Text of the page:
Corporate Affairs and Audit Committee Minutes

Corporate Affairs and Audit Committee Minutes

Thursday 28 July 2016
10:30 a.m.
Spencer Room, Town Hall, Middlesbrough

Attendance Details

P Purvis, (Chair), Blyth, Hubbard, T Lawton
A Johnstone, S Lightwing, M Taylor and I Wright
Apologies for absence:
were submitted on behalf of Councillors C Hobson, Shan, Taylor
Declarations of interest:

There were no Declarations of Interest at this point in the meeting.

Item Number Item/Resolution

The minutes of the meeting of the Corporate Affairs and Audit Committee held on 30 June 2016 were taken as read and approved as a correct record, subject to the following amendment:


External Audit Update Report


Councillor Lawton referred to Minute 16/1 paragraph 7 and indicated that the concerns he had previously raised were not reflected in the minutes. He again raised concerns in relation to fraud and potential mis-use of the Agresso System, and his concerns were noted.


Annual Internal Audit Report 2015/2016


A Member asked whether any further consideration had been given to the Internal Auditor’s initial opinion of Moderate. The Audit and Assurance Manager confirmed that she was due to meet with the Assistant Director Interim, Finance and Investment to discuss the progress made and look at the further evidence provided.


A report was presented to outline proposals to improve the Council's approach to Risk Management.

In July 2015, the Executive approved the implementation of a revised Risk Management Framework. The Framework was developed to align with the Council's new Performance Management arrangements, built around Balanced Scorecards. The revised Risk Management Framework better integrated the identification, mitigation and review of risks within the Council's performance arrangements. It also took steps to improve the level of internal challenge by ensuring risk registers were considered alongside balanced scorecards when being assessed by senior managers and Overview and Scrutiny Board.

Further actions for improvement were identified within the Corporate Peer Review and in an Internal Audit report on Project Management. The actions were consolidated into one objective contained within the Council Improvement Plan (CIP), which was agreed by the Executive on 10 May 2016. The objective was as follows: To ensure an approach to risk management that was fit for purpose to ensure that risks were effectively managed by the organisation strategically, operationally and as part of good project and programme management. The Risk Improvement Plan was the detail to deliver the improvements that were needed.


Monthly meetings were now being held between officers for the management of Risk and Insurance. Information sharing at these meetings had been used to inform a review of the existing Risk Register content. The Insurance Manager had committed to sharing insurance trend data with the Corporate Strategy Team along with an analysis of risks in the risk registers to identify which were fully insured, partially insured or not insured. Risk Registers had been created for Levels 1 to 4 of the performance management system and shared with management teams for review. ICT training on the system used to record and organise risks would be rolled out as part of the Risk Improvement Plan.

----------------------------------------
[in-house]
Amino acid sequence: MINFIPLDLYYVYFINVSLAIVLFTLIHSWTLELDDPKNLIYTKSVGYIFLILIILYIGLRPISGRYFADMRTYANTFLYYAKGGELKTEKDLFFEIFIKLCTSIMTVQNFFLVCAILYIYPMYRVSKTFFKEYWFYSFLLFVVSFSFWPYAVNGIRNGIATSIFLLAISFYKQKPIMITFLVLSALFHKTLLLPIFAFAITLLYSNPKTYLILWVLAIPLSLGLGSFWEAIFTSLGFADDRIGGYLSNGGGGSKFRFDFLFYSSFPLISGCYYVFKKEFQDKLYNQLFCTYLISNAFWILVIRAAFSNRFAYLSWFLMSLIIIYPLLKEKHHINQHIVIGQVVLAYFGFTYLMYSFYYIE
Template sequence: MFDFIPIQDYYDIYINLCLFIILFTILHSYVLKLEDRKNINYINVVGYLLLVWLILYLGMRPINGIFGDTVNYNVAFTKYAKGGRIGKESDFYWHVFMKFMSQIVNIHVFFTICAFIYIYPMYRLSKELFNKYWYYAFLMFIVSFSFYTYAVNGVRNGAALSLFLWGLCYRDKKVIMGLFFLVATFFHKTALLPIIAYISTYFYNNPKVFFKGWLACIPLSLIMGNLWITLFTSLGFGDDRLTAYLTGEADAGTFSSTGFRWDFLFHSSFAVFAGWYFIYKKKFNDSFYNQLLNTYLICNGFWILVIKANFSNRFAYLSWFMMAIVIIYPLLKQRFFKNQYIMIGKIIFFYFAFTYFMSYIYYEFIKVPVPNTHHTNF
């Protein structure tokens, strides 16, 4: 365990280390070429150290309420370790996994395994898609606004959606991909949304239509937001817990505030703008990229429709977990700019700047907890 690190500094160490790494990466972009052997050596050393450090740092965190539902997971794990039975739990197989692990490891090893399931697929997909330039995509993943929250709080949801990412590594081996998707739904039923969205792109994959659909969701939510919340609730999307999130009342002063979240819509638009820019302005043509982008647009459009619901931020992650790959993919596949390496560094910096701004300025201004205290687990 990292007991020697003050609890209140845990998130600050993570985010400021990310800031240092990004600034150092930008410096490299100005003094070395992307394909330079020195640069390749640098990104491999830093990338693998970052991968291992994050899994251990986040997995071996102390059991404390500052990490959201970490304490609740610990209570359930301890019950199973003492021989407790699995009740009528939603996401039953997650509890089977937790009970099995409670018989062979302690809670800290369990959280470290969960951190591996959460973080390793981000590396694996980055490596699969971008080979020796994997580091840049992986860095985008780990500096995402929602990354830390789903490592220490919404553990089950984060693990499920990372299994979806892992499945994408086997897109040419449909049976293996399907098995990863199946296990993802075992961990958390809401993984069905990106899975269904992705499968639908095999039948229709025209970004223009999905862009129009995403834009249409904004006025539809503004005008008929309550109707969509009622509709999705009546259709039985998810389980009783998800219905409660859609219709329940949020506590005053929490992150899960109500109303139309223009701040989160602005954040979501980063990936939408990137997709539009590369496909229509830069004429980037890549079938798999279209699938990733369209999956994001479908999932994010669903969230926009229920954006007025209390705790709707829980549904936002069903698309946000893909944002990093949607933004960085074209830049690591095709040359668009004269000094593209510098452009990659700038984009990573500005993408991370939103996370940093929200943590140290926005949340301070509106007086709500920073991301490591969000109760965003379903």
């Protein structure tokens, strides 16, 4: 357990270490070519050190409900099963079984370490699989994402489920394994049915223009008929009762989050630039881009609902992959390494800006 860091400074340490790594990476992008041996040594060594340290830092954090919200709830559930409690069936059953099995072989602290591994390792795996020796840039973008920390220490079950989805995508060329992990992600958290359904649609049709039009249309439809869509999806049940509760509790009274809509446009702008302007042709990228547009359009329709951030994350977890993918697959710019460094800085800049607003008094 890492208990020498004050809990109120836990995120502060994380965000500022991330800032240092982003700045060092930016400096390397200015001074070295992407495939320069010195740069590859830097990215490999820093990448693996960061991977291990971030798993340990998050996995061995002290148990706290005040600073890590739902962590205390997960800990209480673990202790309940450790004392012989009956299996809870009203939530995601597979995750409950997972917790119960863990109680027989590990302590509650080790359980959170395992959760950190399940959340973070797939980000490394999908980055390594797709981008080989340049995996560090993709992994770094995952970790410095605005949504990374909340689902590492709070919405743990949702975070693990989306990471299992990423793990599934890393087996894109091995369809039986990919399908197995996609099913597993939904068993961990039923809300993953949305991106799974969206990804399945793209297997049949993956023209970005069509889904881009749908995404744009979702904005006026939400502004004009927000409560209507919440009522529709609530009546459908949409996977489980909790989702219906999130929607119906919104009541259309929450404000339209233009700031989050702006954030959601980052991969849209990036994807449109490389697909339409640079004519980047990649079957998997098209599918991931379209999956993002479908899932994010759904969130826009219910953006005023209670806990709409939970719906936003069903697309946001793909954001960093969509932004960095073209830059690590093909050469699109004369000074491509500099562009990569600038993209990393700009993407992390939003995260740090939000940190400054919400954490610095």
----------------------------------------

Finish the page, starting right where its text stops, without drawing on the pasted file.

A copy of the Risk Improvement Plan was attached at Appendix A to the submitted report.

There were three phases in the Risk Improvement Plan which were:

  • Fit for purpose - ensuring data and the ICT system was fit for purpose.
  • Enabling self-serve - increasing visibility of risk within the organisation.
  • Embedding a risk management approach within the organisation.

A number of actions had already been completed within the first phase. Work had been undertaken to re-configure the Risk Management ICT system, Covalent, to enable it to produce Risk Register reports for Levels 1 to 4 of the organisation. Key changes had been made to the Risk Management Toolkit and a copy was attached at Appendix 1 to the submitted report.


As part of the second phase, the Leadership Management Team and Heads of Service would have access to Covalent and would receive training. Refresher training on risk management would also be delivered to each Outcome Area Senior Management Team. Once Covalent was embedded, areas where additional operational risk registers might be required to support service delivery would be identified. A similar process for roll out of project risk management was being followed.


Phase three was about how the risk management approach was embedded within the organisation and the Corporate Strategy Team would provide a quality assurance function against the content of risk registers. The Internal Audit Service would be given full access to the system to enable identification of reviews to be informed by risk register entries. Internal Audit would scrutinise risk entries as part of its review processes.


AGREED as follows that:

1. The Risk Improvement Plan was supported by the Committee.